Savvy and Insightful, Youths Have Their Say In Multimedia Exhibit
Views in 'alt.youth.media' are absent from mainstream media
NEW YORK — An exhibition of works by and about young people at The New Museum of Contemporary Art provides a glimpse through a jagged window into the minds of today's youths. In hundreds of computer, print, video, and audio projects, the portrait of youths that emerges falls somewhere between Archie and Veronica and Beavis and Butt-head.
Until Nov. 5, the exhibition, "alt.youth.media," displays products ranging from high-tech Web sites, CD-ROMs, and sophisticated videos to amateur "zines," or self-published magazines. All were produced by teens and young adults.
The title of the show derives from alternative Internet sites dedicated to subjects outside mainstream interests.
The show, too, presents an alternative view of young people's concerns - a perspective generally absent in conventional media.
In a sense, this media-based youth movement is a throwback to 1960s and '70s activism, when counterculture youths cranked out protest leaflets on mimeograph machines. In those days of artistic and political upheaval, video collectives popped up to film guerrilla theater. College students fanned out across the country, tape-recording oral history and folk ballads.
Today, the same "power to the people" democratic impulse is at work. But, after a decade of schools pushing for computer literacy, the tools have become digital. With access to photocopiers, scanners, desktop publishing, multimedia software, and camcorders, a flourishing community-based media culture has sprouted.
The show displays the results of this grass-roots movement - predominately zines and short videos that express what kids really think.
Sociologists will find the show fascinating. With many of the projects a cross between high school yearbooks and the Harvard Lampoon, art lovers will be disappointed. The material is wildly uneven. Much of it is - predictably, given the age of the creators - puerile. It is also wildly funny, as irreverent, uncensored young minds can be. These fledgling media mavens have a flair for satirizing their elders and commercial products aimed at children.
Some titles of zines illustrate this anarchic bent: Fat! So? ("a zine about being fat and being OK"), J. Cruelty Catalog (offers "cultural insights, cartoons"), and Pretty in Punk (encourages girls to be independent, praises punk music). A zine called "Teen Mom" contains a "Table of Malcontents" that includes "taxpayers, the disenfranchised, the homeless." In a cynical blast at exploitative toy companies, it announces a marketing plan to sell 2 million Teen Mom dolls (which look like a pregnant Barbie) to girls.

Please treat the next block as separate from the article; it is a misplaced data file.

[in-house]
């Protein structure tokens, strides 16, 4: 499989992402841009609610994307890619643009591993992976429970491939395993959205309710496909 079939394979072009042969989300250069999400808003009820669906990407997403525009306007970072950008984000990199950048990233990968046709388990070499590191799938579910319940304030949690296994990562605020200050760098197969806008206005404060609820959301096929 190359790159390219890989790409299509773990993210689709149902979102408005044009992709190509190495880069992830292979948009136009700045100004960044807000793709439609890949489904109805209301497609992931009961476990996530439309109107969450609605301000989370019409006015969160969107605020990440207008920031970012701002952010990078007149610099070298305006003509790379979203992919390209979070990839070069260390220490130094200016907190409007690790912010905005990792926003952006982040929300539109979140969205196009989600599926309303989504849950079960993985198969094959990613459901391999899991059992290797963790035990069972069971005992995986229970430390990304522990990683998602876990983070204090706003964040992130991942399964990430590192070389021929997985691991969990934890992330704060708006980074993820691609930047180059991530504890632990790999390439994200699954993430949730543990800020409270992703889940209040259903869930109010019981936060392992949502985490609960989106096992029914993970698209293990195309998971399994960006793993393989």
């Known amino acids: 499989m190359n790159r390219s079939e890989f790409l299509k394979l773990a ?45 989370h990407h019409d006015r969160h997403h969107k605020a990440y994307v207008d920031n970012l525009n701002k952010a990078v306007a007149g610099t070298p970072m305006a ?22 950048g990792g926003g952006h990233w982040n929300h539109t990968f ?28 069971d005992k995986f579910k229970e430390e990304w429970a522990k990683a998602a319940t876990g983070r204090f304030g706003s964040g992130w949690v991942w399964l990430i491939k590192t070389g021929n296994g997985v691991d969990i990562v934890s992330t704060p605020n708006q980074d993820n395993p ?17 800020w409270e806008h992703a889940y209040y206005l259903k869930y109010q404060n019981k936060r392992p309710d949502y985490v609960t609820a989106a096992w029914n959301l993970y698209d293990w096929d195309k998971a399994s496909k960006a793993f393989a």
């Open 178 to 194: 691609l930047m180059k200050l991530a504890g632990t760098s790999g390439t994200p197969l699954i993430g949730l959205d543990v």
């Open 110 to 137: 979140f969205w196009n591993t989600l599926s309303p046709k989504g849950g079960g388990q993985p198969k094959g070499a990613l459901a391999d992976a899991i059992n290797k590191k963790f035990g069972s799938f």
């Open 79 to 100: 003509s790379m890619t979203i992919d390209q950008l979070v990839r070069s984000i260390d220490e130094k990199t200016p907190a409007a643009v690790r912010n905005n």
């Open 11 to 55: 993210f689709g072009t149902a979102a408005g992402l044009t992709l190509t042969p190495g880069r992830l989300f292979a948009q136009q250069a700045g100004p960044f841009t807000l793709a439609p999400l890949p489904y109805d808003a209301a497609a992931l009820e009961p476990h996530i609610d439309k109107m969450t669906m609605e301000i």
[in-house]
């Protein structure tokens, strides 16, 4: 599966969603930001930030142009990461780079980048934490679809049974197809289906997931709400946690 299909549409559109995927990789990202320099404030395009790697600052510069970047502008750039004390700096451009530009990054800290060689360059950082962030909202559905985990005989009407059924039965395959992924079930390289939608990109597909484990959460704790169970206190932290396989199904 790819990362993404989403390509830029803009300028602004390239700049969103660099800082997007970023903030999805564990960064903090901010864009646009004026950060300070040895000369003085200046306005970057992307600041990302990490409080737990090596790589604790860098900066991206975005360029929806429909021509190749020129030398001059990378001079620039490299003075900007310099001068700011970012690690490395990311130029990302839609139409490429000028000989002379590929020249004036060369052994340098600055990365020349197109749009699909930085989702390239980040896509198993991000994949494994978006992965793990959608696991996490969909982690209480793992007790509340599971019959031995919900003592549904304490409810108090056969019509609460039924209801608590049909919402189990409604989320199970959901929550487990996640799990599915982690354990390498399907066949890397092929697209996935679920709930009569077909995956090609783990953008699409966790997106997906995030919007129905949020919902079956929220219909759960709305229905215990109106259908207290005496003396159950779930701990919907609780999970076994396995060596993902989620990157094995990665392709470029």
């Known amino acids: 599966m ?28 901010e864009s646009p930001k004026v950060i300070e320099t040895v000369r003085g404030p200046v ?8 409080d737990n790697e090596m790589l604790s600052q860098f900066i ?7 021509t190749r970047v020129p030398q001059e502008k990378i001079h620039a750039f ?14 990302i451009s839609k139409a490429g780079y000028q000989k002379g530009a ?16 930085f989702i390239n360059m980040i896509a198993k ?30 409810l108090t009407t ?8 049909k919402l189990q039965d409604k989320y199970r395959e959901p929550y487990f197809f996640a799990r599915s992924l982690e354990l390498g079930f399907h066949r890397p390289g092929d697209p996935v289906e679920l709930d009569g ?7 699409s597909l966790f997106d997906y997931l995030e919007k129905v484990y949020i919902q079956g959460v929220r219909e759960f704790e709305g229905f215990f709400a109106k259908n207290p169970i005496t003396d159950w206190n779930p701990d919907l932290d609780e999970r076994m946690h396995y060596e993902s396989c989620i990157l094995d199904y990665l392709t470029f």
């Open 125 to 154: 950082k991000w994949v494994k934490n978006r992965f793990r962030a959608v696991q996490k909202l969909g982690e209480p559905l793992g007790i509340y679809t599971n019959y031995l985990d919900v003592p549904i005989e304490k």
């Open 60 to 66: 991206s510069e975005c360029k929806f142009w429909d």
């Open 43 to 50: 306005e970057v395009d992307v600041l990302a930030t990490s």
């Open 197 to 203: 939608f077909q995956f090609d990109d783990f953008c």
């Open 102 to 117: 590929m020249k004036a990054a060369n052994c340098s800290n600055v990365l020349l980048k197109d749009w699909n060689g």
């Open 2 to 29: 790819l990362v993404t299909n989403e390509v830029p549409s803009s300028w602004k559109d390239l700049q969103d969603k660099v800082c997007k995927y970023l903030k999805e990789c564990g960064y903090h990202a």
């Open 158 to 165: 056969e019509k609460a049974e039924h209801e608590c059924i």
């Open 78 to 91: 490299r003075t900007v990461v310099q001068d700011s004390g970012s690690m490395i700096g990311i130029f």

Some zines spoof toys these teens have only recently outgrown. "Hey there, Barbie Girl" shows a '90s Barbie with a nose ring and spiky platinum hair. It advertises a coming "Apathetic Barbie," whose dialogue includes, "Do you think I care? Ken who?"
Other zines run the gamut of teenage concerns, from hip-hop music and skateboarding to serious issues of identity and values. Reminiscences of glue sniffing, essays by runaways, dead pet stories, diary entries on malls, and gossip about entertainment idols show the wide range of subjects.
The videos tend to deal more earnestly with big issues. "Guns and the Lives They Leave Holes In" documents two people whose lives were shattered by violence. "Stolen Innocence" narrates a story of date rape. In "Cultural Identity Crisis of an All-American Girl," Kimiko Roberts, a Los Angeles teenager who is half Japanese-American and half African-American, shows the difficulty of growing up biracial. Her closing shot pans a diverse crowd at an outdoor concert as she pleads for tolerance, saying, "You'd be surprised at how we're all alike."
If the works parody adult-dominated institutions, the print and video projects show how thoroughly young people have absorbed the styles of mainstream media, like commercials, music videos, cartoons, and cop shows.
A video called "La Fe" (meaning faith) makes sophisticated use of quick crosscuts between talking heads. It also relies on manipulated video effects like negative images, blurred focus, and alternating animation and text.
Taking a page from photo-text artist Barbara Kruger, a zine called Time Bomb combines photographs of Rush Limbaugh with the words, "Who needs gun control when we have thought control?"
"In My Room," a photographic series by Adrienne Salinger, sums up the hybrid state of these burgeoning media creators. The images display teens in their native habitats - their bedrooms, designed to reflect their identities. The kids are caught in the awkward transitional state of youth. Brad S., clutching a skateboard, plasters his room with snowboarding posters. In an accompanying statement, he mouths tough-guy nihilism in one breath, saying, "I don't think there is any purpose to life." In the next, he sounds touchingly like a little boy, admitting, "I have real good parents."
A photo of longhaired Karl B. is a classic double take of someone with one foot in childhood and the other out the door. On his walls are revved-up photos of skateboarding and hard-rock posters. On shelves behind him are rows of stuffed animals, including a Winnie the Pooh soiled from hugs.
The show is a forum for both personal expression and public concerns. Its aesthetic blends the weapons (and gifts) of youth: irony, originality, and rebellion.
What's clear is that kids today are far from passive consumers of mass media. They've appropriated the style of commercial entertainment. But the kids turn their media fluency against their elders to cut through the soft-focus distortions of their lives. Far from Generation X, this population of media-savvy, music-obsessed young people might be called M & Ms.